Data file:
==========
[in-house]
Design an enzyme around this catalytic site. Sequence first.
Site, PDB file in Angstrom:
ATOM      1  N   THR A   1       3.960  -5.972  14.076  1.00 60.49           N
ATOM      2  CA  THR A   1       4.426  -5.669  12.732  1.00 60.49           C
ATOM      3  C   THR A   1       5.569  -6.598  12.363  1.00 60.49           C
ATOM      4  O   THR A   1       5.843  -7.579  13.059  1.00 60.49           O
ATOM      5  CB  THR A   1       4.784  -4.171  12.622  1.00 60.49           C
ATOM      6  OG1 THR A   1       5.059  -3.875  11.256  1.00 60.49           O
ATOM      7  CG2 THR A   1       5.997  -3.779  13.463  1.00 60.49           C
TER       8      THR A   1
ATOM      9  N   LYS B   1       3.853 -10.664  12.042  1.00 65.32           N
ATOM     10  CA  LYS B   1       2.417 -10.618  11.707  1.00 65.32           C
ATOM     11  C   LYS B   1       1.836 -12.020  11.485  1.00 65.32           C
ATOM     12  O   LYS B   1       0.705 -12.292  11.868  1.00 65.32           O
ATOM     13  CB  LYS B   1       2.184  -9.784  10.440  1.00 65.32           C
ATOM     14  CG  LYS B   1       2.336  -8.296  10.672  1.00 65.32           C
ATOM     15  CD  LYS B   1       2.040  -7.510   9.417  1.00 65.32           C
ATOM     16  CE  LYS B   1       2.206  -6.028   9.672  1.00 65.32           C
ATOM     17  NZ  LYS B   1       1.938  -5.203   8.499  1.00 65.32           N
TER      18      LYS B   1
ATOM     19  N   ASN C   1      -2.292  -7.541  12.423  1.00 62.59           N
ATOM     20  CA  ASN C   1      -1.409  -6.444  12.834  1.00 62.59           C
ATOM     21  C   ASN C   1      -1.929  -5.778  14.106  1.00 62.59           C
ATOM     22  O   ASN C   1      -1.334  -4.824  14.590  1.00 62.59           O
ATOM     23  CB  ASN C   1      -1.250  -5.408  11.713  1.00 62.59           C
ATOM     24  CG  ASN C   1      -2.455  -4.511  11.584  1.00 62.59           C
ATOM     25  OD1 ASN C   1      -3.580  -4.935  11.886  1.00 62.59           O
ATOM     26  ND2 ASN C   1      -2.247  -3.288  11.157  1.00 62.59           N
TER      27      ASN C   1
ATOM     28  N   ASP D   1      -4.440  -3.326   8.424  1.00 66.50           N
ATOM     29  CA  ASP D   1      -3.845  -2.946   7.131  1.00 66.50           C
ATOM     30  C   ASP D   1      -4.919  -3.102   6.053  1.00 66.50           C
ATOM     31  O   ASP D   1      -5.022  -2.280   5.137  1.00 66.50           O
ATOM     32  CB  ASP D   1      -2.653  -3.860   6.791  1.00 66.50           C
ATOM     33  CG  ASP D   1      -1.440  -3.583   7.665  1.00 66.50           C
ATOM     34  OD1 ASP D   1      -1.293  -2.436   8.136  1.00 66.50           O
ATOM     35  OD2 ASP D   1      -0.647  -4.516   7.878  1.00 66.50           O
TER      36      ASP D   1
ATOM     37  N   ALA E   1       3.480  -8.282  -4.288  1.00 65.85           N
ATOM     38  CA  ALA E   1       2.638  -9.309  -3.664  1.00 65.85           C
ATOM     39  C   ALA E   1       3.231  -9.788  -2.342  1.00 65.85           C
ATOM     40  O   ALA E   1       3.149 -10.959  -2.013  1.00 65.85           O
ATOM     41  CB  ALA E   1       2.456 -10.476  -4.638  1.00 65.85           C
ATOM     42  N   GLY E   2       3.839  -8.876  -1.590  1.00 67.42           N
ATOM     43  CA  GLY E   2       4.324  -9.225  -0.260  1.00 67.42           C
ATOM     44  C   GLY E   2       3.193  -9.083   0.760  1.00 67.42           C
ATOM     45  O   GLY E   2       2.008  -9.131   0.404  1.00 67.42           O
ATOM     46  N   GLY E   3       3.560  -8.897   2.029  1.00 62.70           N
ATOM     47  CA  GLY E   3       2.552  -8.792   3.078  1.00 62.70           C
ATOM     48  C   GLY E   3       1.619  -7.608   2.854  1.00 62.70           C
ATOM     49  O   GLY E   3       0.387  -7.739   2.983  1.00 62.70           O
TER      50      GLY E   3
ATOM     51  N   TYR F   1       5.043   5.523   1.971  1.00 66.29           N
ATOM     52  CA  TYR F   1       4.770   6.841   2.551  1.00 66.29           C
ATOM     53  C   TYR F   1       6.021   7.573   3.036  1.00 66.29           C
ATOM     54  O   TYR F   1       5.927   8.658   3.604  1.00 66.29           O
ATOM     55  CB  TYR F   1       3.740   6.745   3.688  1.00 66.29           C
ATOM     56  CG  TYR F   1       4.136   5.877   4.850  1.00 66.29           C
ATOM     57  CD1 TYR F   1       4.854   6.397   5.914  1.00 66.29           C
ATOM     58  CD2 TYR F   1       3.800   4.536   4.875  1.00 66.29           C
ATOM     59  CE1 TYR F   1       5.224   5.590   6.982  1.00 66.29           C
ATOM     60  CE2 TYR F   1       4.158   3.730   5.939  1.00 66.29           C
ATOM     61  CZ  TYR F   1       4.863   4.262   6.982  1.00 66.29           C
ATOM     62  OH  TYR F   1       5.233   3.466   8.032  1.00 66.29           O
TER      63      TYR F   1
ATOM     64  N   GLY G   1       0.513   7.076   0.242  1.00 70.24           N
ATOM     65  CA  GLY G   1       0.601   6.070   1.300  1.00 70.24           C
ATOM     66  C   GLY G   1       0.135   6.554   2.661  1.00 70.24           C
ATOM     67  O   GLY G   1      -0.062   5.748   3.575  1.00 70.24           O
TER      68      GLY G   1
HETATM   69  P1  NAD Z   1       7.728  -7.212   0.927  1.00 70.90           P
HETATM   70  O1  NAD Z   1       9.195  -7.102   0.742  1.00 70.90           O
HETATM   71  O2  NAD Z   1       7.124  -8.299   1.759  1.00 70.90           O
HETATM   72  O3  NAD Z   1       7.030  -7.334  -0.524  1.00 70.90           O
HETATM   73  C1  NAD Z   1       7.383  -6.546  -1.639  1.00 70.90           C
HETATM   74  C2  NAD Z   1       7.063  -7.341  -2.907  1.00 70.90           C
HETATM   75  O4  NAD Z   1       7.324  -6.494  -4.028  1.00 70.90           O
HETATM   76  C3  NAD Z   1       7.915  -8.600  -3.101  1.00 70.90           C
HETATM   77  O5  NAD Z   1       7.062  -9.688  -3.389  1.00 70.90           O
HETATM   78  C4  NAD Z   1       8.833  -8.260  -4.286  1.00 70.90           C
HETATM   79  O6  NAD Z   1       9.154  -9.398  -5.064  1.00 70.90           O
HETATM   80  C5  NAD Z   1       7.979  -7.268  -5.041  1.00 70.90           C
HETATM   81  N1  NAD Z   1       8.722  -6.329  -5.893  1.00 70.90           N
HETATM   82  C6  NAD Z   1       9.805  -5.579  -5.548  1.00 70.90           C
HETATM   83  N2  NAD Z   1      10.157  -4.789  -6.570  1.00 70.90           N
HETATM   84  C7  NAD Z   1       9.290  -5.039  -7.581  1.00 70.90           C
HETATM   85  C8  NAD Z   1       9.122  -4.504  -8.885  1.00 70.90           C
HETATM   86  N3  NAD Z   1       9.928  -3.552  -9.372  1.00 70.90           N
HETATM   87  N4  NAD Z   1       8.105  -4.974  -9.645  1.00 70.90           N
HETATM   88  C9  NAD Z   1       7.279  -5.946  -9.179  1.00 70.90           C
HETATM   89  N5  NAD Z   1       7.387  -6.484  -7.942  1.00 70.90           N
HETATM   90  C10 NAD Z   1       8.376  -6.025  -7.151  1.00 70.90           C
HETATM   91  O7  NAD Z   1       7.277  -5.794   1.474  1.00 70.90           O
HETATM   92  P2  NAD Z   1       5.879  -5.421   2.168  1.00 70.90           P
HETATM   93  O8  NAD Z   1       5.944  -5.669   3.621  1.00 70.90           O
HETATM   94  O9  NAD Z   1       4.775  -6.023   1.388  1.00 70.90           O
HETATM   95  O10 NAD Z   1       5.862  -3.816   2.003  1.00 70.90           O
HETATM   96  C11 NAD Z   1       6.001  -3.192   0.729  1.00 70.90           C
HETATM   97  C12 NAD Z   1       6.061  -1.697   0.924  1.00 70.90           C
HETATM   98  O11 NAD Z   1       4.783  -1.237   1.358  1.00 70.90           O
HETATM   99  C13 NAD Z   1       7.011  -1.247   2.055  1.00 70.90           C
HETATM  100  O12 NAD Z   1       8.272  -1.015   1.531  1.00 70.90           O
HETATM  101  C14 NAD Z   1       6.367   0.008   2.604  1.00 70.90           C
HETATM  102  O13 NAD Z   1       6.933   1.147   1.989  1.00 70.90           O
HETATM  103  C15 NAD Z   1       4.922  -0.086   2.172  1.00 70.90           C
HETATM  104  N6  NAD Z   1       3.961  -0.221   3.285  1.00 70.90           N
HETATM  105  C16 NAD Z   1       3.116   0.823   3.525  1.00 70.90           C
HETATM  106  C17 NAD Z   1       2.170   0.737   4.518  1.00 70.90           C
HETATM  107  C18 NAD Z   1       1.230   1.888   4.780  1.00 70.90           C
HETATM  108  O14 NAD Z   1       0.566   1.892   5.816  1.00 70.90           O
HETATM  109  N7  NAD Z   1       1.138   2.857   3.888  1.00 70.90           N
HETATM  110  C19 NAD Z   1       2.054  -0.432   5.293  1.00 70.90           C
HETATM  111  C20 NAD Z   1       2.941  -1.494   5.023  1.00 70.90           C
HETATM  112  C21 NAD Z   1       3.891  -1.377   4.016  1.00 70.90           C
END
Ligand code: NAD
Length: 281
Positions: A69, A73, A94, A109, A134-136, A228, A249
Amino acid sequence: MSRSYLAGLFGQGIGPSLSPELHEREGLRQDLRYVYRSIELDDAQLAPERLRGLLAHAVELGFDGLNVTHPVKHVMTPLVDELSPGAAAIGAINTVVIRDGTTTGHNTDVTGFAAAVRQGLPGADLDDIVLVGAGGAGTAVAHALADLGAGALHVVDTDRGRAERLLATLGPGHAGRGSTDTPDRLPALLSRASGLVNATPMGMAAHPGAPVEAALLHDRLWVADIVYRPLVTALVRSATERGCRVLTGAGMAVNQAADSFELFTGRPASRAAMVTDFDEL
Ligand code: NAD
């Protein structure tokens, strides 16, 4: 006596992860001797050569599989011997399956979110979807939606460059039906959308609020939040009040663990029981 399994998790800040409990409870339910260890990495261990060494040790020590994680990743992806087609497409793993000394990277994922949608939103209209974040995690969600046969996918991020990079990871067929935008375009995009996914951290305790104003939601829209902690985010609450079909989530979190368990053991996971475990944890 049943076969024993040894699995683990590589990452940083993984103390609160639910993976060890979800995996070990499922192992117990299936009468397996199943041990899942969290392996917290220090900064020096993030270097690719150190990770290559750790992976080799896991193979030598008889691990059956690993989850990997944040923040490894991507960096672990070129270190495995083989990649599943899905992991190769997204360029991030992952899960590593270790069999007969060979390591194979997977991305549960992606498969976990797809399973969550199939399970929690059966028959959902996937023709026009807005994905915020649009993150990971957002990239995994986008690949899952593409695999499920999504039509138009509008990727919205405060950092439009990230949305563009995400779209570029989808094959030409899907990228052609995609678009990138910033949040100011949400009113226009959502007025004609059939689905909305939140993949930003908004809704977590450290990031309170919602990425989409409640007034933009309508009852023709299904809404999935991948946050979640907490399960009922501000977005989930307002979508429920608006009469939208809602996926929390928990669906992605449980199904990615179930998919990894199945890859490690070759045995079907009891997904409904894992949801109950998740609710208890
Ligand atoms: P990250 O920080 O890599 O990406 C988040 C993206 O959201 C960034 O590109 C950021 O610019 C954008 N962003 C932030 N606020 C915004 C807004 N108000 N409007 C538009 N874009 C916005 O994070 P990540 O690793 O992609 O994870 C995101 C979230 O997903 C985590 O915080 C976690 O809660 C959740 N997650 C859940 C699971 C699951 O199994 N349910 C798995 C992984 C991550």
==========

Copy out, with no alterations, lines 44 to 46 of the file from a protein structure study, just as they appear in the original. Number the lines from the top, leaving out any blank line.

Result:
ATOM     41  CB  ALA E   1       2.456 -10.476  -4.638  1.00 65.85           C
ATOM     42  N   GLY E   2       3.839  -8.876  -1.590  1.00 67.42           N
ATOM     43  CA  GLY E   2       4.324  -9.225  -0.260  1.00 67.42           C